Thursday, June 03, 2010

UNITAS 51 Atlantic Phase Comes to a Close

By Mass Communication Specialist 1st Class (SW) Michael J. Scott, CTG 40.0 Public Affairs

BUENOS AIRES, Argentina (NNS) -- Rear Adm. Vic Guillory, Commander, U.S. Naval Forces Southern Command and U.S. 4th Fleet thanked the Argentine navy for introducing another generation of officers and enlisted personnel to Unitas 51 as the Atlantic phase of the exercise came to a close May 26 at the Armada de la Republica Argentina headquarters in Buenos Aires.

Unitas, which is Latin for unity, develops and sustains relationships that improve the interoperability between maritime forces to achieve common goals. Starting in 1959, it is the U.S. Navy's longest-running annual multilateral exercise. Its enduring nature demonstrates the shared values of the Western hemisphere and the nations' commitment to countering regional challenges. The relationships that are formed during the course of the exercises are enduring and allow the maritime forces to grow together.

The Atlantic phase of Unitas 51 was hosted by Argentina and included participants from the U.S., Argentina, Brazil, Mexico and observers from Canada, Germany, Colombia, Uruguay, and South Africa. This year's exercise was unique in that Unitas included Argentina's Navy Day celebration and the bicentennial of their independence.

Unitas normally lasts about two weeks during which partner nations participate in a variety of professional and personnel exchanges, sporting and social events, and an at-sea phase where units train in a variety of maritime mission areas simulating real word circumstances. Both the in port and at-sea phases of the exercise contribute to and enhance relationships among the partner nations.

"This year built upon the great successes of Unitas Gold [Unitas Gold was the 50th iteration conducted last year]," said Capt. Brian Nickerson, commander, Task Group 40.0 and Destroyer Squadron (COMDESRON) 40. "The relationships that endure, the goodwill that is fostered, and the chance for the naval forces of the Americas – both South and North – to work alongside one another makes this one of the most unique exercises that the U.S. Navy conducts."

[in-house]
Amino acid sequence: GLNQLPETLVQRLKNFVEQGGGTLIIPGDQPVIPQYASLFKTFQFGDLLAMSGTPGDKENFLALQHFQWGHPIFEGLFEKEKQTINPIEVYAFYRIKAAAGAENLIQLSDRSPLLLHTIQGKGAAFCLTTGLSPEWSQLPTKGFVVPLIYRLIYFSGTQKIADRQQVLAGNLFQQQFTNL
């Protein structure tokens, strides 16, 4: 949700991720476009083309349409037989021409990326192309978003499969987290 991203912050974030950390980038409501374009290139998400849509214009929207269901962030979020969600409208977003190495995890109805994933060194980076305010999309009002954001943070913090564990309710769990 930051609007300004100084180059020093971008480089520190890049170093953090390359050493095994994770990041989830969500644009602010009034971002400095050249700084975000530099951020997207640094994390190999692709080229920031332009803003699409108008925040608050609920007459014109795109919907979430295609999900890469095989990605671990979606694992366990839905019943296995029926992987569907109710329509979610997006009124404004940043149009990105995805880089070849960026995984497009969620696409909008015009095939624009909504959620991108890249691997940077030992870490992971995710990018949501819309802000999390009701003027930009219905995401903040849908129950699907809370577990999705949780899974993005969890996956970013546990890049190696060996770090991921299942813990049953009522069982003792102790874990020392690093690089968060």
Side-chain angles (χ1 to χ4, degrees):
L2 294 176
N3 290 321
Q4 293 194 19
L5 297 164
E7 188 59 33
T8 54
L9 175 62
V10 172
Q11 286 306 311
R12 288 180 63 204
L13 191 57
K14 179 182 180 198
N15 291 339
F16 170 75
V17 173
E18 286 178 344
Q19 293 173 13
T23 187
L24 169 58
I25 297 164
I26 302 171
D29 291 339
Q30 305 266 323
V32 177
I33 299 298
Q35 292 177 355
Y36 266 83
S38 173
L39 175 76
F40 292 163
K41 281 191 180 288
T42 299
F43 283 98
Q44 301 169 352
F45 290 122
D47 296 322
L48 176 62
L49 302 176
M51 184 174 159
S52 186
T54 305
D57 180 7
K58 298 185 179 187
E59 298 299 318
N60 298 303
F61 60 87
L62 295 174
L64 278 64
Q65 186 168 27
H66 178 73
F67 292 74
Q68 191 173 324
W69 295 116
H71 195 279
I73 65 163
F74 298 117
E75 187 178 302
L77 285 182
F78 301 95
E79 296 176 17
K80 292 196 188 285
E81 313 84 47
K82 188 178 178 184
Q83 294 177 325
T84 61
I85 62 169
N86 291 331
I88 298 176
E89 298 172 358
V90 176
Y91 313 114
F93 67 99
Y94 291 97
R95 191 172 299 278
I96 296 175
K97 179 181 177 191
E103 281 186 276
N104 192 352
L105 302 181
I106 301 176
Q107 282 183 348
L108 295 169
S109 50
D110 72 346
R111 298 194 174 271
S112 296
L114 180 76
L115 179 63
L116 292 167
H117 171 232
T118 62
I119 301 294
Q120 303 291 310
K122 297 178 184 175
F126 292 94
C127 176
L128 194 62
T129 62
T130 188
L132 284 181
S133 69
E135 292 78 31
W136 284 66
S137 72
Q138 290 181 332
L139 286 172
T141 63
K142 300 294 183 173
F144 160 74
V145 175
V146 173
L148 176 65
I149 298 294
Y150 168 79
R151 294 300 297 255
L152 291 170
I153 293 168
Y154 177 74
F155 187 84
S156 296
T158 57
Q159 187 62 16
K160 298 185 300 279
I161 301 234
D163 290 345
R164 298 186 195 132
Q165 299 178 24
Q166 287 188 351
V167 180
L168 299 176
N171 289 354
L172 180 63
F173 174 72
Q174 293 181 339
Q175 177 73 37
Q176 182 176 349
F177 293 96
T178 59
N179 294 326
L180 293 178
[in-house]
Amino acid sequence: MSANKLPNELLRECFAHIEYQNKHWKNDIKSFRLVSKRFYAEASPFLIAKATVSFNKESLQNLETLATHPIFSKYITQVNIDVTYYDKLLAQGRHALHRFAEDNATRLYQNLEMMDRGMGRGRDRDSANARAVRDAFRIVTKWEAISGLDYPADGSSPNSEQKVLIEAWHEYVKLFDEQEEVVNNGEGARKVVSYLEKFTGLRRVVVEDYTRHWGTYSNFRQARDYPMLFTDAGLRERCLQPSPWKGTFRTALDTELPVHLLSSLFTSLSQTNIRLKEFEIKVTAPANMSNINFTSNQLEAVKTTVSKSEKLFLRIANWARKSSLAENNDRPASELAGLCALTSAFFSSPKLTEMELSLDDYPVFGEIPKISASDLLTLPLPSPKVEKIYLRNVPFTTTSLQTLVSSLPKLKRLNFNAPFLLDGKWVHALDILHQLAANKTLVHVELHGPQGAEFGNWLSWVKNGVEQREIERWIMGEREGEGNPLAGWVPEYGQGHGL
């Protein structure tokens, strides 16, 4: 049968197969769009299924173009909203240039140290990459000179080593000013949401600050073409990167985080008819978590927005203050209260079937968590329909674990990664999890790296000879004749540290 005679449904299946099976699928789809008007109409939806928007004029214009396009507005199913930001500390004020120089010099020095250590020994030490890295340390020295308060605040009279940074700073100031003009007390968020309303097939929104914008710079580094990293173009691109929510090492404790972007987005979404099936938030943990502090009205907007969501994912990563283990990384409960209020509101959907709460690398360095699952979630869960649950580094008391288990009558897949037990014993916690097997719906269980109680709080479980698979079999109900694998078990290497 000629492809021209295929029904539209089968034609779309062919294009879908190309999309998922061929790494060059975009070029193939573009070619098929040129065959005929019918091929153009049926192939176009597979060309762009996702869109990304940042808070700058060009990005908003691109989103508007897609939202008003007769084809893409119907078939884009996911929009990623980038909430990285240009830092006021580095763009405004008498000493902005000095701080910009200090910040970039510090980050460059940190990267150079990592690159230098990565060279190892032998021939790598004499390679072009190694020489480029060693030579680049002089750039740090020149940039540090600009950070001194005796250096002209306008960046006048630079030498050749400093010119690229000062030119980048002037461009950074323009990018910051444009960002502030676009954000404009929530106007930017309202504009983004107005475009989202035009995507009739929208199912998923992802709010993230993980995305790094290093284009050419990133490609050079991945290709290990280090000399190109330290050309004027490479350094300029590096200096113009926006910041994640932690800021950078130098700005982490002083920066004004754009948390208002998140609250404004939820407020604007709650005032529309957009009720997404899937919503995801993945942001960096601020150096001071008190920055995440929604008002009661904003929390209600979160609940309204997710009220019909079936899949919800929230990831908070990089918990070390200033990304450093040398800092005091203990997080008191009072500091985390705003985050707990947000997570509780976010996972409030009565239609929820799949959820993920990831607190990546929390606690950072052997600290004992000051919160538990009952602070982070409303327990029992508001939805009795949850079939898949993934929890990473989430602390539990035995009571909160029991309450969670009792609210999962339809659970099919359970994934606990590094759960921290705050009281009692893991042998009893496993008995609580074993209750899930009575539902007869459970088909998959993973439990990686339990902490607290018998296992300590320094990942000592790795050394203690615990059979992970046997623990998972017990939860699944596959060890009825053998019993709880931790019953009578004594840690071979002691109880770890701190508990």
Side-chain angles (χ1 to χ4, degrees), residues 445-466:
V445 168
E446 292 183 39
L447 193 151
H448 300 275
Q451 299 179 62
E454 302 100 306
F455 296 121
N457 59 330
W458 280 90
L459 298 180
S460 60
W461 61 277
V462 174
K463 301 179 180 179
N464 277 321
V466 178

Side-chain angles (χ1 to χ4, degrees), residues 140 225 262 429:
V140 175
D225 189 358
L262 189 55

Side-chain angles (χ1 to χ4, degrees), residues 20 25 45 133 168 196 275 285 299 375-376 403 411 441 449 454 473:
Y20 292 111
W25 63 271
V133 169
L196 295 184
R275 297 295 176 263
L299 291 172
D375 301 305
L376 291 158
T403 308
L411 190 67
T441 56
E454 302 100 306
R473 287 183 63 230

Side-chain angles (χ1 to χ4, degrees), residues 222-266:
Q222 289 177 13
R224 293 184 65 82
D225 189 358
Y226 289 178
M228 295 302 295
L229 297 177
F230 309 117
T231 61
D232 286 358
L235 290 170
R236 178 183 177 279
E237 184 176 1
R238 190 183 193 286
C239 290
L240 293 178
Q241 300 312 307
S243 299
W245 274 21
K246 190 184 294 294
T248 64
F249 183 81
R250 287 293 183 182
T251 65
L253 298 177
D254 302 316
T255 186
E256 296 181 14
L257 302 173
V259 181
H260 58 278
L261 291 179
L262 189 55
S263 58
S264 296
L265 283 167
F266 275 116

For the United States, those fortunate units that participated in Unitas 51 Atlantic phase were Commander, Destroyer Squadron (COMDESRON) 40, USS Klakring (FFG 42) with Helicopter Anti-Submarine Squadron Light (HSL) 42 Det. 10, USCGC Spencer (WMEC 905), USS Memphis (SSN 69), and VP-8. Argentina contributed ARA Sarandi (D 13), ARA Robinson (P 45), ARA Patagonia (B-1), ARA Teniente Olivieri (A-2), ARA Suboficial Castillo (A-6), and ARA Salta (S-31) while Brazil sent BNS Constituicao (F-42) and BNS Tikuna (S-34). For Mexico, this year's Unitas presented them the first opportunity for their ship, ARM Baja California (PO 162) to participate.

Besides building cooperation at sea, Sailors got the opportunity to reach across cultures. USS Klakring Sailor Boatswain's Mate 3rd Class Andrew Ryland said he really loves the game of soccer, but playing in these kinds of games has given him a new perspective.

"I understand why this game is loved by so many people in the world," said Ryland. "It has a magical quality of bringing everyone together."

Sailors were also treated to an asado -- a traditional Argentine barbecue by their hosts. During the meal, teams intermingled and share stories about their careers and the game.

"We are very honored and pleased to have the U.S. Navy and the other navies visit our ship," said ARA Sarandi's (D 13) acting master chief, Operations Specialist Senior Chief Guillermo Lencina. "It is very important for our navies and sailors to develop closer relationships. If we didn't have these opportunities, we couldn't learn from or about each other."

Relationships are also enhanced by ship exchange programs that allow sailors from different nations to live and interact with each other. Not only do the participants gain an understanding of how another navy conducts its daily operations, but the experience cultivates lifetime friendships and relationships.

"All navies in the Americas do similar jobs," said Sarandi's Commanding Officer Carlos Maria Allievi. "What's most important is meeting the people and getting to know one another. Unitas provides the vehicle for that to happen."

Brazilian helicopter maintenance supervisor Sgt. Jermed Martins of BNS Constituicao (F-42) echoed this sentiment.

"Not only do our ships look the same, but a sailor is a sailor in every navy," said Martins. "We all mirror each other."

At the closing ceremonies, Rear Adm. Pablo Vignolles, commander of the multinational force, talked about the will of countries.

"Our countries came with a will to work together; a will to make friends," said Vignolles. "Two weeks ago, those aboard the ships had never met before."

Klakring, assigned to Task Group 40.0, is on a six-month deployment to South America and the Caribbean as part of Southern Seas 2010 (SS10). Southern Seas is an annual U.S. Southern Command (USSOUTHCOM)-directed operation implemented by U.S. Naval Forces Southern Command (COMUSNAVSO) and executed by Commander, Destroyer Squadron (DESRON) 40 as Commander, Task Group 40.0. Southern Seas focuses on conducting a variety of exercises and multinational exchanges to enhance interoperability, increase regional stability, and build and maintain regional relationships with partner nations. SS10 includes the guided-missile frigate, USS Klakring (FFG 42), HSL-42 Det. 10, and DESRON 40 serving as the command element.